MADRID — Spanish workers enraged by austerity-driven labor reforms to prevent the nation from becoming Europe's next bailout victim slowed down the country's economy in a general strike Thursday, closing factories and clashing with police as the new-center right government tried to convince investors the nation isn't headed for a financial meltdown.
Tens of thousands held protest marches in Madrid and other cities, and the demonstrations turned violent in Spain's second largest city of Barcelona, where hooded protesters smashed bank and storefront windows with hammers and rocks and set fire to streetside trash containers. Television images also showed the Barcelona demonstrators throwing rocks at riot police vans, and hitting them as they sped near the crowds.
Traffic was slowed in Valencia next to the Mediterranean Sea when demonstrators lit mattresses ablaze on a highway, and a Molotov cocktail was hurled at a police car in the eastern city of Murcia. Authorities arrested 176 protesters across Spain and said 104 people were injured in clashes, including 58 police officers. There were no immediate reports of serious injures.
The protests came a day before Prime Minister Mariano Rajoy's administration is expected to announce about €30 billion ($40 billion) in spending cuts and tax hikes to ease increasing fears about Spain's budget deficit. European leaders insist drastic cuts must be made this year even though reductions in government spending are almost sure to boost the unemployment rate of nearly 23 percent, the highest among the 17 nations that use the euro.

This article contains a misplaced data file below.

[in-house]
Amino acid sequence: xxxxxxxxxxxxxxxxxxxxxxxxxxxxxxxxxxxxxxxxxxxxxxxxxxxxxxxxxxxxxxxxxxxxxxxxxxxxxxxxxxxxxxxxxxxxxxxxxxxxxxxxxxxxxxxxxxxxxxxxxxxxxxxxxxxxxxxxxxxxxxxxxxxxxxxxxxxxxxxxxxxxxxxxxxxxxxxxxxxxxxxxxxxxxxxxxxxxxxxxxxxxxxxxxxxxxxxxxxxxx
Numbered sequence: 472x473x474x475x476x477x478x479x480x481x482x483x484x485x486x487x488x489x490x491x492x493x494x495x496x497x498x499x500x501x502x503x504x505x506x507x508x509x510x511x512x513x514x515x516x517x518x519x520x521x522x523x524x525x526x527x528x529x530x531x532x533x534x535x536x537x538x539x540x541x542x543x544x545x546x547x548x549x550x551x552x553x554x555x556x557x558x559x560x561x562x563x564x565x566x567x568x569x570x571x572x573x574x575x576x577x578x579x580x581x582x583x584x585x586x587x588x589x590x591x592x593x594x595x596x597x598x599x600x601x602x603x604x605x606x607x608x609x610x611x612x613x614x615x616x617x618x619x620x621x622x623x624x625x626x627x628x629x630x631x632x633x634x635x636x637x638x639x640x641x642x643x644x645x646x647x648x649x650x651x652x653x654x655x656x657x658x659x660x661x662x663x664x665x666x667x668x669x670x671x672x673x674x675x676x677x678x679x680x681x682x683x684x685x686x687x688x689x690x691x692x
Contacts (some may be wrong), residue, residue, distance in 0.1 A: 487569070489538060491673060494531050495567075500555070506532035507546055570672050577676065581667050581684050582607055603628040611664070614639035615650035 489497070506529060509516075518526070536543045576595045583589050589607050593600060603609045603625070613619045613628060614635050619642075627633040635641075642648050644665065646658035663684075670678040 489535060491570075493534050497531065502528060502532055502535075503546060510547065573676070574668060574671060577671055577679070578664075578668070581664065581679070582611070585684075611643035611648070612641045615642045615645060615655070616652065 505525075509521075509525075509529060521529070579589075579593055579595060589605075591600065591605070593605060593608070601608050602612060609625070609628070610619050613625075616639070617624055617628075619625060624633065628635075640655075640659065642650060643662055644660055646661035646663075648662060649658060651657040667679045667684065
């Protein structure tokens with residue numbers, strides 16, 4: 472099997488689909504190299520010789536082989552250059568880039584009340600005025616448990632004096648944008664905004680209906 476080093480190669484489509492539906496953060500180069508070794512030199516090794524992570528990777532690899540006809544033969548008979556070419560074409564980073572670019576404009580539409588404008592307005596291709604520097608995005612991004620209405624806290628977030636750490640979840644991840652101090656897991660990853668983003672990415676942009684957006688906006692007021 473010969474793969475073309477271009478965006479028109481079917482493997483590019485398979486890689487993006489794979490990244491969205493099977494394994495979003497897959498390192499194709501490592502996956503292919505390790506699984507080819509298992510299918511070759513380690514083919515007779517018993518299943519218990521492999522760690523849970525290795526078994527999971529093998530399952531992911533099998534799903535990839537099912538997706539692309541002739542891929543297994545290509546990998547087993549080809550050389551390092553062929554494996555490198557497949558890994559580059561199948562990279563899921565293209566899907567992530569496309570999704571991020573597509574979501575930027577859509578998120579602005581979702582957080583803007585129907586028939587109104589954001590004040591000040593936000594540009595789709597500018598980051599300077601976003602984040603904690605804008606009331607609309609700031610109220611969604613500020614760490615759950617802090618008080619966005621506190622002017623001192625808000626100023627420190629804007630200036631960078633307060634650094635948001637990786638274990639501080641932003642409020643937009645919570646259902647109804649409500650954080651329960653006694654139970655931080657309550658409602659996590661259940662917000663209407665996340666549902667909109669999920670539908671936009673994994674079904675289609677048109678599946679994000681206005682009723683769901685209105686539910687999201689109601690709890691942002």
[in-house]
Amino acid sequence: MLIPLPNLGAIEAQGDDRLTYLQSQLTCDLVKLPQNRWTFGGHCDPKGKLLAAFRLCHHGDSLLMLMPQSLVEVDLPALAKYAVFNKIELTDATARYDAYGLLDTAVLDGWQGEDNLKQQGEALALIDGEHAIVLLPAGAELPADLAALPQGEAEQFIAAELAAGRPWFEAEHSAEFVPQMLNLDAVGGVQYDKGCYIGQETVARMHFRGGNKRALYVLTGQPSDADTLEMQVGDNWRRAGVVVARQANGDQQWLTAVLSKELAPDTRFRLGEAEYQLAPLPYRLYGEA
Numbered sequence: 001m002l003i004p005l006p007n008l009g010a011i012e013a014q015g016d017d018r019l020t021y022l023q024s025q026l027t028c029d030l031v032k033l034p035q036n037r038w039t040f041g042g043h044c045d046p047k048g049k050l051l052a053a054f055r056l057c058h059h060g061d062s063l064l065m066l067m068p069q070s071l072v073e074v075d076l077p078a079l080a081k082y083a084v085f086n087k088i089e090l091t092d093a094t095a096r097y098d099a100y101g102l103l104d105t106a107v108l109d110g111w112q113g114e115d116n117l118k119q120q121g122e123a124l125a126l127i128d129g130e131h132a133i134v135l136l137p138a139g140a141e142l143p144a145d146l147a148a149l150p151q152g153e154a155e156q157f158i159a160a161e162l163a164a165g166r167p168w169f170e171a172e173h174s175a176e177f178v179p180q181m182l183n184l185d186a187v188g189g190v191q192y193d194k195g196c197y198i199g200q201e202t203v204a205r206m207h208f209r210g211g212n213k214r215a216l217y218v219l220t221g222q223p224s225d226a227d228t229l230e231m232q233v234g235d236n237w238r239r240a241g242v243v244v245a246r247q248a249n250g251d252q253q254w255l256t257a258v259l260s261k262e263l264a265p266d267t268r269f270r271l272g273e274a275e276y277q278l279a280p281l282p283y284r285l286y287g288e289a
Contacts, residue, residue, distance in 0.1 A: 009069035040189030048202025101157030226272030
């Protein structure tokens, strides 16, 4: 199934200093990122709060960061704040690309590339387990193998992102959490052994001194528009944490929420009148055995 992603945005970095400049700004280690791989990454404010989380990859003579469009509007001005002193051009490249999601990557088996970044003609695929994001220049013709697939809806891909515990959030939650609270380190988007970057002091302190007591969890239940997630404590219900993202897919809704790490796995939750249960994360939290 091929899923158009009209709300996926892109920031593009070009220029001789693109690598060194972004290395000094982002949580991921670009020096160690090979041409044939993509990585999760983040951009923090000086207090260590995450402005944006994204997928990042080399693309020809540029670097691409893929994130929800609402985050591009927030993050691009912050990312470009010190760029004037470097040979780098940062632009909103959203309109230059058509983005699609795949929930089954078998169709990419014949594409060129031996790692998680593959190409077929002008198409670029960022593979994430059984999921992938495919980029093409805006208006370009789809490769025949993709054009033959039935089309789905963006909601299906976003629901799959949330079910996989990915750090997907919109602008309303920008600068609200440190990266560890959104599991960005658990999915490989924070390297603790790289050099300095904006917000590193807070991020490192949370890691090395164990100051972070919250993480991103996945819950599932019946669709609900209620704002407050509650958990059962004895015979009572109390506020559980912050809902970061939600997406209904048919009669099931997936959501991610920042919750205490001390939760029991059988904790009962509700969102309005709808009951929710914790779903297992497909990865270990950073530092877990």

The labor reforms make it less costly for Spanish businesses to fire workers, and give them incentives for hiring — but protesters said they are being forced to give up rights they earned decades ago.
"Why wouldn't I protest?" asked textile worker Jose Jimenez, 60, from the Madrid protest. "I've spent 45 years working for the same company and now they can get rid of me almost for free."
Others said the reforms put in place by Rajoy in February after his conservative Popular Party ousted the governing Socialists in November will only boost the profits of companies and banks.
"Workers are losing all their rights, and the benefits will go only to the banks and the businesses," 57-year-old bus driver Fidel Martin said.
Labor unions said millions of Spaniards in the nation of 47 million stayed away from work to protest, and the strike caused transportation delays and prompted Spain's government-run national health care system to significantly reduce services except for emergency cases. Workers at car factories that assemble vehicles for Renault SA, SEAT SA, Volkswagen AG and Ford Motor Co. largely stayed home, and services at mining and port facilities were also severely limited, union leaders said.
But many other businesses remained open, and Rajoy's government claimed the strike didn't have its intended impact because Spanish electrical consumption dropped only 16.3 percent, not as much as the 16.9 percent reduction when the country's last general strike was held in 2010 when the Socialists were in charge.